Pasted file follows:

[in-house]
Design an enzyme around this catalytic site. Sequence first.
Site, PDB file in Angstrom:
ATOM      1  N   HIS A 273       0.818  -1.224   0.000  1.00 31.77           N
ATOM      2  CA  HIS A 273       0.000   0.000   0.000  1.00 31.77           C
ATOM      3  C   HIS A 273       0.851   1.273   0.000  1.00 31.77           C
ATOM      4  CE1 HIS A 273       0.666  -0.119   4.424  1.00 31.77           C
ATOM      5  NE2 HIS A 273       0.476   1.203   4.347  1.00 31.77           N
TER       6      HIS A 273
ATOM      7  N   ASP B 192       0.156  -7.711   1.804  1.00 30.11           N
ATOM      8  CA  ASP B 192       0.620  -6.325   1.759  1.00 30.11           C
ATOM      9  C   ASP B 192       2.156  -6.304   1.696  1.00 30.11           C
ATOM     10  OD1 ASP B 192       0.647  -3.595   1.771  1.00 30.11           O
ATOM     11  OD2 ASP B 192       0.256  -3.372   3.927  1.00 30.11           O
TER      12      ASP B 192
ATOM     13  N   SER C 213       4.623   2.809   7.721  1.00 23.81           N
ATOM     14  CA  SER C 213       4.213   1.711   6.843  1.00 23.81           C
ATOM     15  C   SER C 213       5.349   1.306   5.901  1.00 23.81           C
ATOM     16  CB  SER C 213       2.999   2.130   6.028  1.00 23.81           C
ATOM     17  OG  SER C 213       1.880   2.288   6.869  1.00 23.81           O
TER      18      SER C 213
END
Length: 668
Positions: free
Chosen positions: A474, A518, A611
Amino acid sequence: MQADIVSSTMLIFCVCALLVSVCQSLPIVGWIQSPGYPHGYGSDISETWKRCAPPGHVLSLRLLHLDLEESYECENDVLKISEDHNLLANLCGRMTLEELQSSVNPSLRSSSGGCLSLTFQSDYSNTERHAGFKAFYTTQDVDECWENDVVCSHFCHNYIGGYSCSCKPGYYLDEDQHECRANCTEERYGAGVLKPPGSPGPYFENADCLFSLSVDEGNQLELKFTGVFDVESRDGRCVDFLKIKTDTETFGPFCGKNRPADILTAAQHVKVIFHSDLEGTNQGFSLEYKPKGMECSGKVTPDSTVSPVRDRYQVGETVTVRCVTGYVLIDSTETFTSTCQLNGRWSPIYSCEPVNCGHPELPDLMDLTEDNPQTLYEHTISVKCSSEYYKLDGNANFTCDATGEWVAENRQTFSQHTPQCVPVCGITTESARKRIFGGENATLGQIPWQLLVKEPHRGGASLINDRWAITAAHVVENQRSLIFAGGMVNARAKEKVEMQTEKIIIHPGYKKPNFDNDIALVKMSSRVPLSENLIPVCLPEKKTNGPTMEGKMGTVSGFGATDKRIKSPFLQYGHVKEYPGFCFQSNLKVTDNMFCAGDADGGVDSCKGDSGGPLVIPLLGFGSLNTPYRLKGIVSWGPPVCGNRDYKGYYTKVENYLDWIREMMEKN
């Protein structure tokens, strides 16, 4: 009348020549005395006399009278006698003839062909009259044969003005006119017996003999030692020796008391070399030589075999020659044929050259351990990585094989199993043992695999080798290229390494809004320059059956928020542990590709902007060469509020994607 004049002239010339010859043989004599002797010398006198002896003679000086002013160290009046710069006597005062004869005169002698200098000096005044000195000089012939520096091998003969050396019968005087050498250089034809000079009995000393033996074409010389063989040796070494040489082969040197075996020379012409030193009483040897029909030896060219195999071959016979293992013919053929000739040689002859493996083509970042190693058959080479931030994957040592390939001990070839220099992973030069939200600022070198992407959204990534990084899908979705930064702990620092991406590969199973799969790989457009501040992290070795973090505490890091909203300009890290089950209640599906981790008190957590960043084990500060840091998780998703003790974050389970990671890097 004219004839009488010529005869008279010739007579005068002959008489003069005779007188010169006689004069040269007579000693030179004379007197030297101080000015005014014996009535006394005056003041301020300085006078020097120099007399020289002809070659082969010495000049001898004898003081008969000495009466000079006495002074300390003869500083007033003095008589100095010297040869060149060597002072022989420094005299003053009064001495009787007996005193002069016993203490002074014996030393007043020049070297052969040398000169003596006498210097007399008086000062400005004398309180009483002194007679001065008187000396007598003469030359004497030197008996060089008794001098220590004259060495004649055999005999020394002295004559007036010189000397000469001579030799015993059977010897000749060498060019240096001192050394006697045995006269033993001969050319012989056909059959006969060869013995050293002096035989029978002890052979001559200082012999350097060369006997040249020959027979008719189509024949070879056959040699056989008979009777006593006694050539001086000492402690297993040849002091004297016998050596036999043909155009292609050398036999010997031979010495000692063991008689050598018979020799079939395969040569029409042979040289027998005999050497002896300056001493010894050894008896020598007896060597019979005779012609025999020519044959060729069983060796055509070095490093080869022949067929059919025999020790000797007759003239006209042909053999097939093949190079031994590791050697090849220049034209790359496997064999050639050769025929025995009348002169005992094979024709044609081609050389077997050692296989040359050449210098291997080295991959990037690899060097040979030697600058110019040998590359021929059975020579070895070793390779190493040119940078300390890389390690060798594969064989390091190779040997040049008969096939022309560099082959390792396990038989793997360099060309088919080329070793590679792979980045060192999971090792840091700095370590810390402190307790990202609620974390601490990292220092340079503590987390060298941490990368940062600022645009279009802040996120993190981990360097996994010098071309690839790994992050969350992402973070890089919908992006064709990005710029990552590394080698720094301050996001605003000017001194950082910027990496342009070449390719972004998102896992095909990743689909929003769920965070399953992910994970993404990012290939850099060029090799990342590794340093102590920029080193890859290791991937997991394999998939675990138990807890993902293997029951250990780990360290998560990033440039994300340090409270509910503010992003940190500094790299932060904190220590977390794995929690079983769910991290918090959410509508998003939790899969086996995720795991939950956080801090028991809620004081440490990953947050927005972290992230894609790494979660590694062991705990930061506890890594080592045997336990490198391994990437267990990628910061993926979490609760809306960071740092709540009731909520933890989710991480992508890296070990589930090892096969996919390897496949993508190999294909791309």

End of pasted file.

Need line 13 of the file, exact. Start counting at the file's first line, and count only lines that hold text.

ATOM     10  OD1 ASP B 192       0.647  -3.595   1.771  1.00 30.11           O